2
\$\begingroup\$

As a preface, there are certain coding styles used in VHDL/Verilog which help the synthesis tools infer different hardware(some better in perfomance than the other). For example using an if-else-if ladder would infer a series of mux'es whereas a case statement would infer a single wide multiplexer. These coding styles are not significant when doing only functional simulation, but substantial when targeting the RTL for ASIC or FPGA implementation. In case of FPGAs the CLB(configurable logic block) architecture defines the capabilities achieved using RTL(like the LUT input width).

Coming to the Question, I have seen many instances where two n-bit wide signals might have to be compared in VHDL. And I need some advice on the hardware inference. I will use the following code snippet to further narrow the question.

signal counter_a: unsigned(31 downto 0);
signal counter_b: unsigned(31 downto 0);
signal clk, trigger_en, count_b_en : std_logic;

counter_a_gen: process (clk) begin
    if(rising_edge(clk)) then
        counter_a <= counter_a + 1; -- free running counter
    end if;
end process;

counter_b_gen: process (clk) begin
    if(rising_edge(clk)) then
        if(count_b_en = '1') then
            counter_b <= counter_b + 1;
        else 
            counter_b <= (others => '0');
        end if;
    end if;
end process;

-- compare the counters to generate some logic
trigger_gen: process (clk) begin
    if(rising_edge(clk)) then
        if(counter_a = counter_b) then
            trigger_en <= '1';
        else 
            trigger_en <= '0';
        end if;
    end if;
end process;

The above snippet has two 32 bit counters counter_a and counter_b, which have to be compared in a sequential block. If I consider a 4-input LUT in an FPGA, the comparison would need multiple levels of logic. Such a path would be make it hard to meet timing because of the huge combinatorial delays. So my question is how do we make it optmized? In this case to increase the perfomance?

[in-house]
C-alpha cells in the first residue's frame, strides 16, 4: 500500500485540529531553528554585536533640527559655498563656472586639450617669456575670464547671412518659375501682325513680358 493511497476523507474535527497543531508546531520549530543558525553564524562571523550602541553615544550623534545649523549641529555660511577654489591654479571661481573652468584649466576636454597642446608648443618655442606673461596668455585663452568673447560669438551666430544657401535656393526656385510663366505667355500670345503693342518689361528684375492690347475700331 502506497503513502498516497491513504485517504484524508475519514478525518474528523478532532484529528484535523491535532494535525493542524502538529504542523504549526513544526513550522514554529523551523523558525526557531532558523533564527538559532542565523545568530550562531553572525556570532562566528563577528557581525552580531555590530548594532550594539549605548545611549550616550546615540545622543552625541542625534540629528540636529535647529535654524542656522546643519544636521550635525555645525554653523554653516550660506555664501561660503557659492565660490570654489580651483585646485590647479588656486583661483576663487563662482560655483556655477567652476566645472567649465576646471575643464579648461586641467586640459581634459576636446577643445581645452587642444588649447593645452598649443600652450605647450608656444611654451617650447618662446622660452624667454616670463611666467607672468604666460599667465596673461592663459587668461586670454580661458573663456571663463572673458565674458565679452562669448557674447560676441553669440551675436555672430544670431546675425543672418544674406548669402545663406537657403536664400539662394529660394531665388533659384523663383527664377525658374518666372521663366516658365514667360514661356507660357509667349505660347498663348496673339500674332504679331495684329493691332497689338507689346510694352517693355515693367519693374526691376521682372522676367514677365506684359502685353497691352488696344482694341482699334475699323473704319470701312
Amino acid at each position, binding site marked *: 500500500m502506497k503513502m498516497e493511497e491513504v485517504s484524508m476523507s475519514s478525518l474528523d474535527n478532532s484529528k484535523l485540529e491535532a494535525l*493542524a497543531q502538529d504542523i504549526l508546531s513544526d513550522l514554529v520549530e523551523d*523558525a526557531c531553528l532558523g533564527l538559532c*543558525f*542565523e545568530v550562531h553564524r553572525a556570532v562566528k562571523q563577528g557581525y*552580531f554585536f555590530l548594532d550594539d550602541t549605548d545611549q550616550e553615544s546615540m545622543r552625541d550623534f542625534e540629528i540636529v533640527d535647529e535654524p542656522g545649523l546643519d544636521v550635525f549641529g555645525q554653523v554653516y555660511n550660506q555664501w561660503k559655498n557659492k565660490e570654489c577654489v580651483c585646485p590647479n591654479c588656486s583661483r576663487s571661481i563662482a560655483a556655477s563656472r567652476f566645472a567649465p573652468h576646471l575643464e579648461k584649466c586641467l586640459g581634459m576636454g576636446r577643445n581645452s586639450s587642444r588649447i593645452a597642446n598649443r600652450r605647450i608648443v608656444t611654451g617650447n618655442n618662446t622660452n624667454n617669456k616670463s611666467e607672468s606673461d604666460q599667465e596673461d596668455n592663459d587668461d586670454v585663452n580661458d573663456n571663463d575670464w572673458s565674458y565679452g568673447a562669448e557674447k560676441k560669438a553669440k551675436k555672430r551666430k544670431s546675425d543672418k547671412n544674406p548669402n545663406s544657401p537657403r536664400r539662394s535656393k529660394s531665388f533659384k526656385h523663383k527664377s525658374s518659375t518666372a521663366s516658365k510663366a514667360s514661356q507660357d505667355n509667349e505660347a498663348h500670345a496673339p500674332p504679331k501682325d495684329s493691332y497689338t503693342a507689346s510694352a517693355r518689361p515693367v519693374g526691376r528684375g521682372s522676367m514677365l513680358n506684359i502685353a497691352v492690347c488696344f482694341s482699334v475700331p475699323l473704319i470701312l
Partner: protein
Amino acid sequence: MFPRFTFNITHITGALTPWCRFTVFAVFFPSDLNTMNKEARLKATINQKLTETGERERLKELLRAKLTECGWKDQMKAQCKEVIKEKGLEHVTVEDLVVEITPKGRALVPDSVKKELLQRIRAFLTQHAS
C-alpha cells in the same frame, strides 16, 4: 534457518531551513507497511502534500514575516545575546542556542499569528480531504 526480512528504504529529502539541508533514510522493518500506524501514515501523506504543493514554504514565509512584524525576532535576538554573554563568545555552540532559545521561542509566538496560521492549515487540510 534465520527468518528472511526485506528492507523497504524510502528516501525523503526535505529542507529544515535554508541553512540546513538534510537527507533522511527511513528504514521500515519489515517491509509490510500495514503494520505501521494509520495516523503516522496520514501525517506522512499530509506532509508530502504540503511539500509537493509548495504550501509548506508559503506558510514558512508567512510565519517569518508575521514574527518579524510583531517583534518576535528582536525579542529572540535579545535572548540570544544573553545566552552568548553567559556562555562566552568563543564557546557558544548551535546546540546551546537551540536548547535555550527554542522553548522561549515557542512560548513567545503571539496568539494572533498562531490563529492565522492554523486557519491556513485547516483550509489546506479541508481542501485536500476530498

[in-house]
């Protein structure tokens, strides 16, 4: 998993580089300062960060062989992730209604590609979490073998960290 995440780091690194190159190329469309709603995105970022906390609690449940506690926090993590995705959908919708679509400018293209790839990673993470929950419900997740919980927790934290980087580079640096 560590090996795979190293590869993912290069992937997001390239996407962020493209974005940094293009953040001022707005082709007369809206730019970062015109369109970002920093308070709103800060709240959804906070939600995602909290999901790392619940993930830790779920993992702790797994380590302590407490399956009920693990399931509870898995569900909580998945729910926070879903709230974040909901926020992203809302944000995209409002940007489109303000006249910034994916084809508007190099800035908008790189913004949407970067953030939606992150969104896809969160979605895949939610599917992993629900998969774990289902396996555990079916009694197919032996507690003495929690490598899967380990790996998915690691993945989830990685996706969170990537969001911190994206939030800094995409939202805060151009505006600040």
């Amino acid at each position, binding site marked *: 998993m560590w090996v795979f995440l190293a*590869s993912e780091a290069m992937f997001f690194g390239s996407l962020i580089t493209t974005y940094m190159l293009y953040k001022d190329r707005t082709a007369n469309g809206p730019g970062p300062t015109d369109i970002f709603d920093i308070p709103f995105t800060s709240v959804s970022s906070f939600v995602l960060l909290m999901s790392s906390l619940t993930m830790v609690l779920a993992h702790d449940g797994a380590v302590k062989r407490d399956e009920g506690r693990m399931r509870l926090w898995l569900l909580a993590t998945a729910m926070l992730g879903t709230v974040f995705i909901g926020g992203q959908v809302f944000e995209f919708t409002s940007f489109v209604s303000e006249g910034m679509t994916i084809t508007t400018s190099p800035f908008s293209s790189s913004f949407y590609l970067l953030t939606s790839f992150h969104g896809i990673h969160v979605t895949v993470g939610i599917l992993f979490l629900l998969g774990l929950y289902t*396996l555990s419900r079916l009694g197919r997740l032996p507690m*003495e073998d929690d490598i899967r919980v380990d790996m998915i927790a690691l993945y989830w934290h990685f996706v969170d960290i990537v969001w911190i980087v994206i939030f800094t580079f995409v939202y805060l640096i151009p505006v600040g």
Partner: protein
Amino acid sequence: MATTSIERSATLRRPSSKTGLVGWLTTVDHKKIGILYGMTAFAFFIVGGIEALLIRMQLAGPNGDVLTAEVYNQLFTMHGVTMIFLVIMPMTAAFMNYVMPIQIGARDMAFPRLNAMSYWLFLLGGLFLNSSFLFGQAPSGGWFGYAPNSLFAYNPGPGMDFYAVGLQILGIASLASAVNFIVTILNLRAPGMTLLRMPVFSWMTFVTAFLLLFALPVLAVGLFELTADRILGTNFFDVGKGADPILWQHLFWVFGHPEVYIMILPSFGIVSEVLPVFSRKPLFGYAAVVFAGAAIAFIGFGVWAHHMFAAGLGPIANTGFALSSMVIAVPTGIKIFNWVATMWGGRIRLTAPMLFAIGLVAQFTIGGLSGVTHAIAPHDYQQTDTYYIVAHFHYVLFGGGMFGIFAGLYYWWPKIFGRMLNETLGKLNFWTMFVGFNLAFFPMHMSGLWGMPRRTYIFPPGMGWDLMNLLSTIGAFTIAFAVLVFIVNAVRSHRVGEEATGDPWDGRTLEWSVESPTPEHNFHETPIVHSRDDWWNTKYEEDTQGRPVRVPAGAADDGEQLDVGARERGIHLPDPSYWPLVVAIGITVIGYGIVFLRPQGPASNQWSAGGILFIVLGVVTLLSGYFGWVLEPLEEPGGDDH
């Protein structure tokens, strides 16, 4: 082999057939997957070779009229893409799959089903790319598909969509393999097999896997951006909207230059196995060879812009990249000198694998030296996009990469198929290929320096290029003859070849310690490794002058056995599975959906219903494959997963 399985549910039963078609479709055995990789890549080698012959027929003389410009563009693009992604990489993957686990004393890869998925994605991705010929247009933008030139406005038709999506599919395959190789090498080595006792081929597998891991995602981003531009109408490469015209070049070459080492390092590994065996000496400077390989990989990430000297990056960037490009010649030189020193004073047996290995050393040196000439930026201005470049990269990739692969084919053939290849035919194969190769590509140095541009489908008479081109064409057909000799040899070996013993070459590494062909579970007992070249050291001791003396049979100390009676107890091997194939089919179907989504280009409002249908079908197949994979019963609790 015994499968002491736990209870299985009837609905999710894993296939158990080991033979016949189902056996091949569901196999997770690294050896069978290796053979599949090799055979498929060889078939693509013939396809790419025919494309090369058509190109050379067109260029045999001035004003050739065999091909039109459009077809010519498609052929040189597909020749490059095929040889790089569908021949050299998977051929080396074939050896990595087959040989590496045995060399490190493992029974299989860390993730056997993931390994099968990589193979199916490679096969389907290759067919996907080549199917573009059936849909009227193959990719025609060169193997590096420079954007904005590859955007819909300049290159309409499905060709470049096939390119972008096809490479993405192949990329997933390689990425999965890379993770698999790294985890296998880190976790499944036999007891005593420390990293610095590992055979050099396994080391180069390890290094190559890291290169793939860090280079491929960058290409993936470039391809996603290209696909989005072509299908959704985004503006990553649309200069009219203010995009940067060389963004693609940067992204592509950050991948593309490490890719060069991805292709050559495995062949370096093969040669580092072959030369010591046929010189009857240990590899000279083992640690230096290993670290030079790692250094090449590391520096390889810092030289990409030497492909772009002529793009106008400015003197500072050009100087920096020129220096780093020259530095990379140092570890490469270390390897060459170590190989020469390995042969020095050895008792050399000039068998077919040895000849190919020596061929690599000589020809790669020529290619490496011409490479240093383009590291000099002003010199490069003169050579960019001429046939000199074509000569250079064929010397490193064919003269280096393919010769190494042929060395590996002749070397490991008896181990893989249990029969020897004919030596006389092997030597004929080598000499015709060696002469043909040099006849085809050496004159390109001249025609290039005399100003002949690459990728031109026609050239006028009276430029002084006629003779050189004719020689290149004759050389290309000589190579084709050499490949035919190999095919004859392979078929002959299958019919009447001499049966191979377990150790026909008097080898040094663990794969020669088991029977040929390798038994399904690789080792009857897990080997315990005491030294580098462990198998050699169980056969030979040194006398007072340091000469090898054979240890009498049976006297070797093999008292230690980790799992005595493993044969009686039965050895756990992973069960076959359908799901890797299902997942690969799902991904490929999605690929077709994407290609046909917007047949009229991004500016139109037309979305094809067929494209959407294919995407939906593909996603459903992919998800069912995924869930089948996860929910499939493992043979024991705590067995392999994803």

\$\endgroup\$
  • \$\begingroup\$ a case statement would infer a single wide multiplexer. Only if you add the parallel case synthesis directive. Default it is also treated as if-then-else-if. \$\endgroup\$ – Oldfart Mar 31 '18 at 6:01
  • \$\begingroup\$ May be. But I guess synthesis tools should also be intelligent enough to infer parallelism in circuits based on user specified directives/constraints rather than RTL attributes. \$\endgroup\$ – electro_sm11 Mar 31 '18 at 6:47
  • \$\begingroup\$ I would expect the tools to place the logic such that it can use a high speed carry chain so it may not be as bad as you think. Another possibility is to tweak things to get the tool to utilise whatever sort of DSP block your part comes with, device dependent code, but the DSP48E1 for example has magnitude comparison as one of its 'ALU' party tricks, you could probably get one of the counters out of the same block. If you need ultimate speed you generally have to write at least somewhat to the part you are targeting. \$\endgroup\$ – Dan Mills Mar 31 '18 at 11:06
  • \$\begingroup\$ How do we infer dsp elements from coding styles? Or do we need to manually instantiate the element for comparison? \$\endgroup\$ – electro_sm11 Apr 1 '18 at 3:14
  • \$\begingroup\$ Xilinx Tools don't use carry chains in that case. The PoC Library offers several IP cores that perform better than standard synthesis. \$\endgroup\$ – Paebbels Apr 1 '18 at 9:34
2
\$\begingroup\$
  • If your circuit can support delays to the trigger_en signal, you can split the comparison (for example 4 8 bits comparators) and pipeline the result over several cycles.

  • You can use several comparators in parallel with future values, keeping counter_a+1, counter_b+1,counter a+2, counter a+3... pipeline the result of each comparator (as above), then decide which comparison is valid from the value of count_b_en during the last 2 or 3 cycles. Lots of hardware !

"Huge combinatorial delay" : It really depends on your target frequency. FPGAs have fast carry propagation and direct paths between adjacent LUTs, so the delays are not very large for 32bits comparators. (128 bits is a large comparator, 32bits is quite narrow)

The suggestion above with lots of hardware may be theorically faster but practically slower sometimes because the additional hardware add propagation delays, signal load...

\$\endgroup\$
  • \$\begingroup\$ I agree that FPGAs have fast carry chains but still the propagation delay added by these elements are significant when the fpga target frequency is is greater than 250 MHz. As I see the best method might be to split the comparisons across multiple clock cycles. \$\endgroup\$ – electro_sm11 Apr 1 '18 at 3:18
  • \$\begingroup\$ Another addition: If I were comparing a counter to a static value, things would have been much easier. I could start the counter from (static value - 1) and count down to -1. This way a single bit MSB comparison can be used instead of 32 bit wide comparison. I wanted to know if something similar could be done here. \$\endgroup\$ – electro_sm11 Apr 1 '18 at 3:22

Your Answer

By clicking “Post Your Answer”, you agree to our terms of service, privacy policy and cookie policy

Not the answer you're looking for? Browse other questions tagged or ask your own question.